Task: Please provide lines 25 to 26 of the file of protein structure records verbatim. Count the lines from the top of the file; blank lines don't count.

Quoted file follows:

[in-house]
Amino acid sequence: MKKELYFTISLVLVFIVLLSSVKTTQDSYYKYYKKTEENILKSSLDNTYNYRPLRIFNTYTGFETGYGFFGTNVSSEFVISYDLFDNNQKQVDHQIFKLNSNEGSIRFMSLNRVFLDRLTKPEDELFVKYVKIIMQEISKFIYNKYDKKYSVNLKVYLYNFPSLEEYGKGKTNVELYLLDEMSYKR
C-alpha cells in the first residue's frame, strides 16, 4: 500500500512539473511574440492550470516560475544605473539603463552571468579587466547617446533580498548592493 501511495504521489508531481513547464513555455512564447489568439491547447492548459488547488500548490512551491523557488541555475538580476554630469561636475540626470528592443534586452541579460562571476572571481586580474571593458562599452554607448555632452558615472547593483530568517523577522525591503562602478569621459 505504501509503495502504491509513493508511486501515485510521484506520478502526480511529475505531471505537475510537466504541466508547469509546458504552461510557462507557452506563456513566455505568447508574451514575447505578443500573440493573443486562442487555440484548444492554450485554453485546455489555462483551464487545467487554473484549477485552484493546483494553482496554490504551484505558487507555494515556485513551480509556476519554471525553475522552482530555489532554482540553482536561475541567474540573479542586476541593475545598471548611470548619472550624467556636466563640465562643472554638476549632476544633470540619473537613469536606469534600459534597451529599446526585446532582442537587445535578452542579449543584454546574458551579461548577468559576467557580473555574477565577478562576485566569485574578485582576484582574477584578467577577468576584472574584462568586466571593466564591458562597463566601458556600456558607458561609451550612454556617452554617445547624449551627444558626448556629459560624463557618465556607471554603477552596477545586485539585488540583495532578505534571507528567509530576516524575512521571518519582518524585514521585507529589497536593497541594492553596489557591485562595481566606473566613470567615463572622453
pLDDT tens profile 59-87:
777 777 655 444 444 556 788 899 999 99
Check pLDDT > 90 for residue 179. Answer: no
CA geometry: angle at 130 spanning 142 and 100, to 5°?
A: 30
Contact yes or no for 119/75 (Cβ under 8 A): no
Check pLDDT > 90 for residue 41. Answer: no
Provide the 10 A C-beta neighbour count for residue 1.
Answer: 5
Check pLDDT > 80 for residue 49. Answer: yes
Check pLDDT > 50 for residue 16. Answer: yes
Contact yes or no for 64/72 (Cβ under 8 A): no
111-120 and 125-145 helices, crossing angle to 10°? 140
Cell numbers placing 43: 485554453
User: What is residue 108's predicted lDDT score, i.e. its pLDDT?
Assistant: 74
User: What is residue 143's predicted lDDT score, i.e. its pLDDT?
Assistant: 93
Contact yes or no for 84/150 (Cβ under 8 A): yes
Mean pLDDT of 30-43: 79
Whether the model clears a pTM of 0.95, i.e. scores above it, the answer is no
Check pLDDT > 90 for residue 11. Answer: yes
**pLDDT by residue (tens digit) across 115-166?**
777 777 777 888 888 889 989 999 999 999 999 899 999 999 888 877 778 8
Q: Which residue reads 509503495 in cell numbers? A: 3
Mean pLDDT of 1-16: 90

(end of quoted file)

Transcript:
Check pLDDT > 90 for residue 11. Answer: yes
**pLDDT by residue (tens digit) across 115-166?**